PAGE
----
• Table of lease income- requires a lessor to disclose the components of lease income recognised in the reporting period.
  • Information about exposure to residual asset risk- requires a lessor to disclose information about how it manages its risk associated with any rights that it retains in leased assets.
  • Information about assets subject to operating leases- IFRS 16 requires a lessor to provide the disclosures required by IAS 16 Property, Plant and Equipment separately for assets subject to operating leases-further distinguished by significant classes of underlying assets from owned assets that are held and used by the lessor for other purposes.

Key differences between IASB and FASB model


While both IASB and FASB requires a lessee to recognise lease assets and liabilities on the balance sheet giving an exemption related to short term leases, the IASB model provides an additional exemption for small asset leases (i.e. asset whose underlying value is low at inception) from recognition as assets and liabilities.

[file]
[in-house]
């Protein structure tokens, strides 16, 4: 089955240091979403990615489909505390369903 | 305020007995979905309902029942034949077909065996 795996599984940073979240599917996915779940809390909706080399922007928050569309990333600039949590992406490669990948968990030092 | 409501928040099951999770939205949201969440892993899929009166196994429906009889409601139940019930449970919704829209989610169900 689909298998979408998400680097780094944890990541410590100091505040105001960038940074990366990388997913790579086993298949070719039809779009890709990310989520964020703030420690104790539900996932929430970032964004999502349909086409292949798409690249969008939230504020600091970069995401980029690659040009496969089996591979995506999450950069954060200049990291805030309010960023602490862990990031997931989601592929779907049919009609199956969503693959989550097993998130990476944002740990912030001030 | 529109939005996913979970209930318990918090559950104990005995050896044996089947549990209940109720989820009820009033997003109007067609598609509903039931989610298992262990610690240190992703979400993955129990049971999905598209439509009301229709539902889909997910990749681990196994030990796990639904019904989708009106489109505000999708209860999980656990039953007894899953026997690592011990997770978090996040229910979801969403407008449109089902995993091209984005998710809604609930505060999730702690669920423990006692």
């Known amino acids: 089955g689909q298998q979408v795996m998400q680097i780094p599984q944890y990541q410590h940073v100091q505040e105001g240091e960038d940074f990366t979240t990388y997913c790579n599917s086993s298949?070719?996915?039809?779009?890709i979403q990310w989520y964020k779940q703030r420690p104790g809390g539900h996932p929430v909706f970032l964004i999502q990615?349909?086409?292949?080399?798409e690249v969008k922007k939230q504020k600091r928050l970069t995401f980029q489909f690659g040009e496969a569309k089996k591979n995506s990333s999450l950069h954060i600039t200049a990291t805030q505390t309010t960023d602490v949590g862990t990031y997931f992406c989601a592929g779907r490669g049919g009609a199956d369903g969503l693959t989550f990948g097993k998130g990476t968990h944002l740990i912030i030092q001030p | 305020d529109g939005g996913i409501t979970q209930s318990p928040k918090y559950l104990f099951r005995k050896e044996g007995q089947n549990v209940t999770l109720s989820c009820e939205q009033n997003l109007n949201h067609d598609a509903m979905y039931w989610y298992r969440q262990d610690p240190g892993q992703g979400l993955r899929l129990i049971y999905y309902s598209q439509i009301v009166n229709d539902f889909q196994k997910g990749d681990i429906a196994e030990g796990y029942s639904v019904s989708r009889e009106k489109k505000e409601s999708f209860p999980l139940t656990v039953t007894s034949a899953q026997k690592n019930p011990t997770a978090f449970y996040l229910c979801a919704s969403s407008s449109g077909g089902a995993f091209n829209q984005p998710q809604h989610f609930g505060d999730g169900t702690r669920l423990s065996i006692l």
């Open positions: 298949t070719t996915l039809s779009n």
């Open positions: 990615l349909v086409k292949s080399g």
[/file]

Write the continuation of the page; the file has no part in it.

Although both Boards require recognition of lease liabilities for all leasing arrangements on the balance sheet, the Boards have diverged on the recognition of leases in the lessee’s income statement. While the IASB’s model requires all leases to be presented in a manner similar to today’s finance leases  (referred to as Type A leases), the FASB has proposed a dual model that, in addition to Type A leases, would permit a straight-line expense recognition pattern similar to today’s operating leases (referred to as “Type B”). This is achieved by measuring the amortisation of the lease asset each period as a balancing amount (i.e., accounting plug), calculated as the periodic straight-line lease expense (calculated in a manner similar to current Type Aoperating leases) minus interest on the leType Base liability for the period. Therefore for the Type B leases the amortisation of leases asset will be inverse of interest on lease liability i.e. it will lower in earlier years and will increase in later years so that the charge on income statements reflect straight-line pattern.  Under the FASB’s dual model approach, determining whether a lease is Type A or Type B would be based on guidance similar to the classification model under current U.S. GAAP but without the bright lines.